within laboratory conditions, not opti-
mums for lifelong confinement.
Springfield animal control
specialist Tom Magro detonates six
propane-fired noise cannons 15 to 20
times an hour from 4 a.m. to 8 p.m.
every day to keep pigeons and star-
lings away from the Illinois State
Capitol. Since the shooting began in
November, the building’s bird popu-
lation has fallen from 500 to 200,
says Magro, producing a 30% reduc-
tion in guano deposits. Statistics on
hearing loss by building staff and
neighbors are unavailable.
The Salmon River Electric
C o O p, of Challis, Idaho, blames
federally protected pileated wood-
peckers for doing $200,000 in damage
to power poles in 1994–– $350 worth
per customer. The real problem, says
Idaho Fish and Game Dept. biologist
Chuck Harris, is that droughts have
killed trees, bringing insects who eat
dead wood, including the poles, and
attract the woodpeckers.
The Goosepond Colony
Golf Course, near Atlanta, on
January 6 yielded to public opinion
and cancelled a scheduled “hunt” for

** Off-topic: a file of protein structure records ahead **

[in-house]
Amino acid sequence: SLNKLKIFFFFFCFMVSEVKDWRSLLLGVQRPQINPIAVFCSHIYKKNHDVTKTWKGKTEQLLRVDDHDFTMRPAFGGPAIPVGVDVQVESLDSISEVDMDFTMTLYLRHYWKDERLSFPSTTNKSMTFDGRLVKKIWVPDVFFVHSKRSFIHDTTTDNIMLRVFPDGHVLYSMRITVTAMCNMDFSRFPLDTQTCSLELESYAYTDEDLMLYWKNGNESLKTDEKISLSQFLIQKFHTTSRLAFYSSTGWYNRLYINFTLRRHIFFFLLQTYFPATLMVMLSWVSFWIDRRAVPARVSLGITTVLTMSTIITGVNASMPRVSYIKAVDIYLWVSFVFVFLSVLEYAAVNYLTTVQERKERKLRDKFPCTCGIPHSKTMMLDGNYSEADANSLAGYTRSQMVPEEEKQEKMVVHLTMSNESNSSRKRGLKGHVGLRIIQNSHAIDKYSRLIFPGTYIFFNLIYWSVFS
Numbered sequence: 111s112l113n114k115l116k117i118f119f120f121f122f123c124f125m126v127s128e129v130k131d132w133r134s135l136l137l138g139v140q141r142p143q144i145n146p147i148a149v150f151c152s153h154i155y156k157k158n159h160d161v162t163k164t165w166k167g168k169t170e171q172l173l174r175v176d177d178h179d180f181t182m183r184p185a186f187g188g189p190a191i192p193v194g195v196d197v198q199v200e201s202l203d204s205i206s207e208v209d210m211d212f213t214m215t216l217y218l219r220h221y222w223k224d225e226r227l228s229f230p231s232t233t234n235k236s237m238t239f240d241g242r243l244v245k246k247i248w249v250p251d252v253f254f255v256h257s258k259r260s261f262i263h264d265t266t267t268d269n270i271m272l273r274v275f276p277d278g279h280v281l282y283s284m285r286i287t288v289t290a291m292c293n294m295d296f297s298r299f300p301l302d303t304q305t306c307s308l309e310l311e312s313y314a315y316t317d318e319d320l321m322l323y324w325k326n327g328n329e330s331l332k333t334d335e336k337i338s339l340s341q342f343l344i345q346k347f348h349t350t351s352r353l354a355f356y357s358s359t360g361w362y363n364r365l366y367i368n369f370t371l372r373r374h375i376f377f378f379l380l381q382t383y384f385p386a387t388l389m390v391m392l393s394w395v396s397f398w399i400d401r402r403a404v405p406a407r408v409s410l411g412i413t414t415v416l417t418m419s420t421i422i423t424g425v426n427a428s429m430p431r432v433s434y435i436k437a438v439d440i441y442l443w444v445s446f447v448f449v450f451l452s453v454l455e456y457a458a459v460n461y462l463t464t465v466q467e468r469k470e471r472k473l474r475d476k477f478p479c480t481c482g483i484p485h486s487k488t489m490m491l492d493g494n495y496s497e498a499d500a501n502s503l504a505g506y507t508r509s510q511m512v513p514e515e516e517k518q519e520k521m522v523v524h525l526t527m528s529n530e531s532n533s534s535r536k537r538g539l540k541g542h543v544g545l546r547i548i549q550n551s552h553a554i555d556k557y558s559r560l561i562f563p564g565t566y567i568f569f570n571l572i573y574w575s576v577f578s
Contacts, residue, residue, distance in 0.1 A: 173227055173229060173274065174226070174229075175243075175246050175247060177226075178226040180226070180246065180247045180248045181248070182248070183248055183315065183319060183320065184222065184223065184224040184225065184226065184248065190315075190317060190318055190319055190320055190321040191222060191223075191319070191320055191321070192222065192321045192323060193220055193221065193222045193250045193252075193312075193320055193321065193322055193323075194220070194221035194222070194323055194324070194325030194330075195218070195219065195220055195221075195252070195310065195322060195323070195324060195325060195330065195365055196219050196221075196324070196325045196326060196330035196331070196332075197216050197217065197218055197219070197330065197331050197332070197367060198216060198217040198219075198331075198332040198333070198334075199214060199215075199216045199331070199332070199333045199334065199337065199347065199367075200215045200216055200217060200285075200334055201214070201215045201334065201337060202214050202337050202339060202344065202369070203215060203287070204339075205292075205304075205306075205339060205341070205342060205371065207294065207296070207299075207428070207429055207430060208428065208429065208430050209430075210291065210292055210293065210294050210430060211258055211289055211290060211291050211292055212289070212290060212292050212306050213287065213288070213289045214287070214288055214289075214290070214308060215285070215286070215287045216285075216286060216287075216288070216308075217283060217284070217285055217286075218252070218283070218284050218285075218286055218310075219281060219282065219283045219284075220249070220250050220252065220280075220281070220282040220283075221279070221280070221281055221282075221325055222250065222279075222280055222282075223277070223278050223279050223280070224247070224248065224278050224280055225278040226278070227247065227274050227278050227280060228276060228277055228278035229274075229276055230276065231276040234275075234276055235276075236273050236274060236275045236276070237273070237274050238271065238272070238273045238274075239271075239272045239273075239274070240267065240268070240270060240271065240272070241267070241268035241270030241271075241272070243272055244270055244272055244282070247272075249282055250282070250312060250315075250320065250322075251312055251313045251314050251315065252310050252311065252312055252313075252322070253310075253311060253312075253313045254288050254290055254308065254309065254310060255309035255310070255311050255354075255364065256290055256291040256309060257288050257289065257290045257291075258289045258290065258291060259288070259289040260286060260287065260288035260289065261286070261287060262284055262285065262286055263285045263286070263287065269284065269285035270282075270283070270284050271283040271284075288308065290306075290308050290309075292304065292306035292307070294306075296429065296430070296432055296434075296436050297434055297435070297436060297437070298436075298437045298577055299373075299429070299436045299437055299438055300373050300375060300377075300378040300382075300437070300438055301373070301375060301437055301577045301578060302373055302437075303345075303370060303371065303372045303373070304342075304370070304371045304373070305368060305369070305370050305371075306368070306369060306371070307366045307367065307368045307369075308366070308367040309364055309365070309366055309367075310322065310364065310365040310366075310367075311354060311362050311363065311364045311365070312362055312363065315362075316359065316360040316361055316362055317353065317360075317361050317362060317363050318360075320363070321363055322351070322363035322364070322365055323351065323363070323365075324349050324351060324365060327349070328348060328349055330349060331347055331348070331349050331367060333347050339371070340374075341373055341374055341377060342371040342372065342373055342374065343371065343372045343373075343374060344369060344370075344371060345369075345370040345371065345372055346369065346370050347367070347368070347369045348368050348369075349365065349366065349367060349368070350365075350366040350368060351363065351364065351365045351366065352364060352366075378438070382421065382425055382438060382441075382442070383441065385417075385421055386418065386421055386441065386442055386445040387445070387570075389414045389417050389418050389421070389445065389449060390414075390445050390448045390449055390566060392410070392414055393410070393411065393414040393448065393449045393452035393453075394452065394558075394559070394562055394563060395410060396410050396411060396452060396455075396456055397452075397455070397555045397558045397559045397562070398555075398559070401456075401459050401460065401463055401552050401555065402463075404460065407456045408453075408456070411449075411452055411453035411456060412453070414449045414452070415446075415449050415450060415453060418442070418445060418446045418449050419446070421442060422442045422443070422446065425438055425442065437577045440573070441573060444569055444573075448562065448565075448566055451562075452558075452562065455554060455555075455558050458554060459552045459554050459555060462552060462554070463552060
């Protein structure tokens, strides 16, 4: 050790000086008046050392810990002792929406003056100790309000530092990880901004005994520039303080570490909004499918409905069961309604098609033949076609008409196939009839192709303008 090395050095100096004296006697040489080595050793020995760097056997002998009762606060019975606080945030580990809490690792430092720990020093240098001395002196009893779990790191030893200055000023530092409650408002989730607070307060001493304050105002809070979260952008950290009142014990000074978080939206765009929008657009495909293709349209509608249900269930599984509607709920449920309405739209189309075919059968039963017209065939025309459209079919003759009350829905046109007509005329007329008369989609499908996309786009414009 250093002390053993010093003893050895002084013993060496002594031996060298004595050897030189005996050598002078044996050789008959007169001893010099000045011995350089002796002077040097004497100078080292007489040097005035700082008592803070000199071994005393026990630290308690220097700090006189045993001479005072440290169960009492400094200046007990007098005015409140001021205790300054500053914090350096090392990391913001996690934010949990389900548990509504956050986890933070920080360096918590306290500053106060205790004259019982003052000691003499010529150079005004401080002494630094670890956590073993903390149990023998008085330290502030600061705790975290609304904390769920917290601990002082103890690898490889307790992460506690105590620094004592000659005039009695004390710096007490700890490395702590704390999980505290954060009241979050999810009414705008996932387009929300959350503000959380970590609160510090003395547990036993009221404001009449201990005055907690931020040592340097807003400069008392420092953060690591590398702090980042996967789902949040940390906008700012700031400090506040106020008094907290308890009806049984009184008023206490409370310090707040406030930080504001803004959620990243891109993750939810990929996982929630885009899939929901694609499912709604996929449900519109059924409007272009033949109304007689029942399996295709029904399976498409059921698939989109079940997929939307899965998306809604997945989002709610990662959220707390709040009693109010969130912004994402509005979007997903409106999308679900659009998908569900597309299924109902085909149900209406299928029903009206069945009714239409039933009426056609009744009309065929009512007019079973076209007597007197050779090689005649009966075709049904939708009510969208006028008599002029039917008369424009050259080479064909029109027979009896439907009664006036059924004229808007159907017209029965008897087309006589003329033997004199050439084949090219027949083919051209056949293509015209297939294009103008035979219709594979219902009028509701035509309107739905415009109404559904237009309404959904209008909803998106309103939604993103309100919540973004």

500 to 1,000 resident Canada geese
who poop on the greens. Instead the
course will try to roust the geese with
a chemical repellent.
Jefferson Parish, Louis-
iana, on January 6 delayed until
mid-February the awarding of a con-
tract to kill nutria. A beaver-like
rodent brought from South America
by fur farmers about 70 years ago,
nutria are accused of undermining
canal banks and roadways. The Parish
has received two bids to poison the
nutria with zinc phosphide-laden
sweet potatoes, at cost of up to
$510,000 for the first year; parish
sheriff Harry Lee says his SWAT
team could do the same job with $50
worth of ammunition. Pinckney
Wood, a leading critic of the pro-
posed killing, argues that there are
under 1,000 nutria in the parish, not
the 10,000 or more claimed by offi-
cials; the poisoning plans are risky to
children, and, “Routine canal mainte-
nance, barriers in the few places
where they are needed, and modifica-
tion of the canal plantings” should be
sufficient to control nutria, who them-